Interpretation and Construction of Meaning of Bliss-words in Children (short summary)


During a brief teaching session a group of 43 typically developing children aged between 3 and 8 were asked to interpret 15 Bliss-characters and 12 Bliss-words made up of combinations of the chosen characters. After teaching, the participants again interpreted the meaning of the Bliss-words. The Bliss-characters and Bliss-words elicited linguistic strategies that were like those found in typical vocabulary development. There were age differences in the amount of information being retained after teaching, with children over the age of 5 retaining most of the Bliss-characters and words but younger children less so.

The children were also asked to give suggested meanings for previously unseen Bliss-words and to construct their own new Bliss-words by combining the characters. These showed that they had understood the idea of combining characters into new words or ideas, but they generally explained the word with a sentence related to their own experience.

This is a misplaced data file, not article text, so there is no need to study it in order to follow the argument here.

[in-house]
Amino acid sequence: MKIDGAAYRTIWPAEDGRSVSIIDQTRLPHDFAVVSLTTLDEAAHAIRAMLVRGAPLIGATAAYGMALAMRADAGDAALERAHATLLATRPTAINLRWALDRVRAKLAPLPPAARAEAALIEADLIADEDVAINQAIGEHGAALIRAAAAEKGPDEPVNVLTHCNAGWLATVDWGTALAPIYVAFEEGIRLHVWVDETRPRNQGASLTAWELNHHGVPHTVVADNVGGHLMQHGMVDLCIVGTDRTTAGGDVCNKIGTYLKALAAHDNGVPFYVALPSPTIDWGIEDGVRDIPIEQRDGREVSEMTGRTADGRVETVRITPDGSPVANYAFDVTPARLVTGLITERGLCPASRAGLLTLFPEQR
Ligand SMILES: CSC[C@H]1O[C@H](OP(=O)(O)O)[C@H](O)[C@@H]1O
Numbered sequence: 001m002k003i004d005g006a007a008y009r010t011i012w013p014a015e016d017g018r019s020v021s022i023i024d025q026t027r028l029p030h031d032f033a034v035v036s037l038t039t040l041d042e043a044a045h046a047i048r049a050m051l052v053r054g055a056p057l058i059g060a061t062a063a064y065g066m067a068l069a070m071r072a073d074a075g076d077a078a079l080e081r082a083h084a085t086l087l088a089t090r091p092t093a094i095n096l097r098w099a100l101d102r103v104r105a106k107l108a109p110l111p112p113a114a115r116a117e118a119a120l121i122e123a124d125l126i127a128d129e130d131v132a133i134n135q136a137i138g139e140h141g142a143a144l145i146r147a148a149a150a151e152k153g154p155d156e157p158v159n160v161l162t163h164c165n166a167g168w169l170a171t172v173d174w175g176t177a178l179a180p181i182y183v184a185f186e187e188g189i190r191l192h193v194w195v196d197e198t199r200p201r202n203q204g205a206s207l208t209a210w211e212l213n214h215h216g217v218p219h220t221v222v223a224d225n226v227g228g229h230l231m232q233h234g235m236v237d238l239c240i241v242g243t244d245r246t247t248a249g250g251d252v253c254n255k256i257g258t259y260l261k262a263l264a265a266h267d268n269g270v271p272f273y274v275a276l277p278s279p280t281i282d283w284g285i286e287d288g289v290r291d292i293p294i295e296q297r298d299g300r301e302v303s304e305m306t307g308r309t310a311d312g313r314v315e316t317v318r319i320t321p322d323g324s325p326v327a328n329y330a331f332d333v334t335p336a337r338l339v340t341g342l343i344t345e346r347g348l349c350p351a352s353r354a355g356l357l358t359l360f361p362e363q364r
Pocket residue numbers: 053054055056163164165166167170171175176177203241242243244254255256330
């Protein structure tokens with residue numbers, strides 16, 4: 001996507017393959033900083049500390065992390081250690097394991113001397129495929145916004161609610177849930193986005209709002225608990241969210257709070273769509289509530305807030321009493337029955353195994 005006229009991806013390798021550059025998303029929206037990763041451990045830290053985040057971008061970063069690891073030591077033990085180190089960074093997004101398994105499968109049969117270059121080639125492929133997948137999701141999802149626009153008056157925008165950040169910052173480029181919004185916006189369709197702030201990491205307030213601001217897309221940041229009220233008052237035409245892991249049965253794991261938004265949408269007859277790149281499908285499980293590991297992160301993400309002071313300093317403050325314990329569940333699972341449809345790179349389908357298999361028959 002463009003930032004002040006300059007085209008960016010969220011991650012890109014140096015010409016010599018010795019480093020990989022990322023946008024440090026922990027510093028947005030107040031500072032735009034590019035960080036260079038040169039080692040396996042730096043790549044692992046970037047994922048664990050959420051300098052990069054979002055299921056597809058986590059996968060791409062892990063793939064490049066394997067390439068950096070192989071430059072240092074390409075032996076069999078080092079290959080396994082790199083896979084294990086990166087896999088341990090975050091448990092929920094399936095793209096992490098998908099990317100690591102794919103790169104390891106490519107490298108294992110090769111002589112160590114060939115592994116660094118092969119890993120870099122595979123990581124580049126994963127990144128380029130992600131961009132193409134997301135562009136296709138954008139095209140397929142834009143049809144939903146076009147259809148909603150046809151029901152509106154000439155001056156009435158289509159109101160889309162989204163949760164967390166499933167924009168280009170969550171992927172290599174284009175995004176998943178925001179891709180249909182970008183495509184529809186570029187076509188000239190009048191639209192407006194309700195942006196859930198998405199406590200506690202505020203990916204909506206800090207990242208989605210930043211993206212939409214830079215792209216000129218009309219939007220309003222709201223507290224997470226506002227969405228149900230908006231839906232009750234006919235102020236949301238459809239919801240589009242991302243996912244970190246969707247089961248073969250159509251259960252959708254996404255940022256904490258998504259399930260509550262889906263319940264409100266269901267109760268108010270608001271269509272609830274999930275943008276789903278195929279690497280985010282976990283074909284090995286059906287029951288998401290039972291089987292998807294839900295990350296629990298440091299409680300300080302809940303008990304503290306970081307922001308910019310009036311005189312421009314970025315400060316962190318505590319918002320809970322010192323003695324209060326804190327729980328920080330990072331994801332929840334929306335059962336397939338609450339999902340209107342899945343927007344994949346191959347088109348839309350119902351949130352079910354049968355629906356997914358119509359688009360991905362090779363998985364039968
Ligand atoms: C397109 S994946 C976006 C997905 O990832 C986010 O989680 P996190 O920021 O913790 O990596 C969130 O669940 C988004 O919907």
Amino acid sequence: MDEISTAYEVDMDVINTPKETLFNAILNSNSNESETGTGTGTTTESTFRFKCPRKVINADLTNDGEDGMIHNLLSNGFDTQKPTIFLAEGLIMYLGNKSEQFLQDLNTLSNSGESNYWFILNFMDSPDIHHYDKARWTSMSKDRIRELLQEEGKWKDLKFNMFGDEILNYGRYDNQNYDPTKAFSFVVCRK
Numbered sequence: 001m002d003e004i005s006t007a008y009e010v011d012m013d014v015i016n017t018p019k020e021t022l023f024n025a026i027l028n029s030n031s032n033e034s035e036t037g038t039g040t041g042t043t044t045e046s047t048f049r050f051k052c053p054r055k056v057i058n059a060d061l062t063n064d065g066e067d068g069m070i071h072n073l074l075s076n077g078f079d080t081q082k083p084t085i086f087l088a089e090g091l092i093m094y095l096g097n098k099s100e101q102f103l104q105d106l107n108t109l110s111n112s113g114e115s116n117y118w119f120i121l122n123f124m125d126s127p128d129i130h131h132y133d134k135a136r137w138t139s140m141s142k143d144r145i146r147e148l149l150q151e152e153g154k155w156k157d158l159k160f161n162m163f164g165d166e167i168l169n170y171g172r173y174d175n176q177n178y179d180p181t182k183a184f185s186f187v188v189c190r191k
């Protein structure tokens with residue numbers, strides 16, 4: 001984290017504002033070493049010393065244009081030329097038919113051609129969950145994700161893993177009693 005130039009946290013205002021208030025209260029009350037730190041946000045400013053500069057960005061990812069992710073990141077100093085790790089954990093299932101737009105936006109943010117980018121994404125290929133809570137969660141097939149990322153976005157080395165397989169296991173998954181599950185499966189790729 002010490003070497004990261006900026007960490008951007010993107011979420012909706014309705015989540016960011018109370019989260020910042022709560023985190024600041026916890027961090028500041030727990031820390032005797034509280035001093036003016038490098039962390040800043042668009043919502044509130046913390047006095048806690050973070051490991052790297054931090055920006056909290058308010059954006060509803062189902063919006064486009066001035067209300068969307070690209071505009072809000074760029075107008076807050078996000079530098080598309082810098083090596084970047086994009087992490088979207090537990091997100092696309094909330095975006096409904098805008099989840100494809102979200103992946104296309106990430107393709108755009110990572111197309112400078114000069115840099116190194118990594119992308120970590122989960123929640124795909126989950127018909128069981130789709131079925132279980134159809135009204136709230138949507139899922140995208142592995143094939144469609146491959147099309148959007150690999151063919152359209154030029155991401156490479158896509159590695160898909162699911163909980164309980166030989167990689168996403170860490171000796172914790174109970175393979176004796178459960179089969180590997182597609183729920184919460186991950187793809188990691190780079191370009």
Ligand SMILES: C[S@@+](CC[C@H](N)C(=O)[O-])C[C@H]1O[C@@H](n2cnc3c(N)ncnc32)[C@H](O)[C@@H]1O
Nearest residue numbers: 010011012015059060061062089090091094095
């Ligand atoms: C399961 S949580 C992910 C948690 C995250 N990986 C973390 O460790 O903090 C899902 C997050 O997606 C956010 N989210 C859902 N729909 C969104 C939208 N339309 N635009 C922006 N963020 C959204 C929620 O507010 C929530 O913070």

It is concluded that Blissymbolics could be used more effectively than pictographic symbols in education, as by learning the separate Bliss-characters it is possible to create and communicate new concepts for which the symbol is not known.

Things you may want to look into:

Blissymbolics (UK)

Translucency Ratings of Blissymbols over Repeated Exposures by Children with Autism

Iconicity in the Development of Picture skills: Typical Development and Implications for Individuals with Severe Intellectual Disabilities

Added to site Dec 2015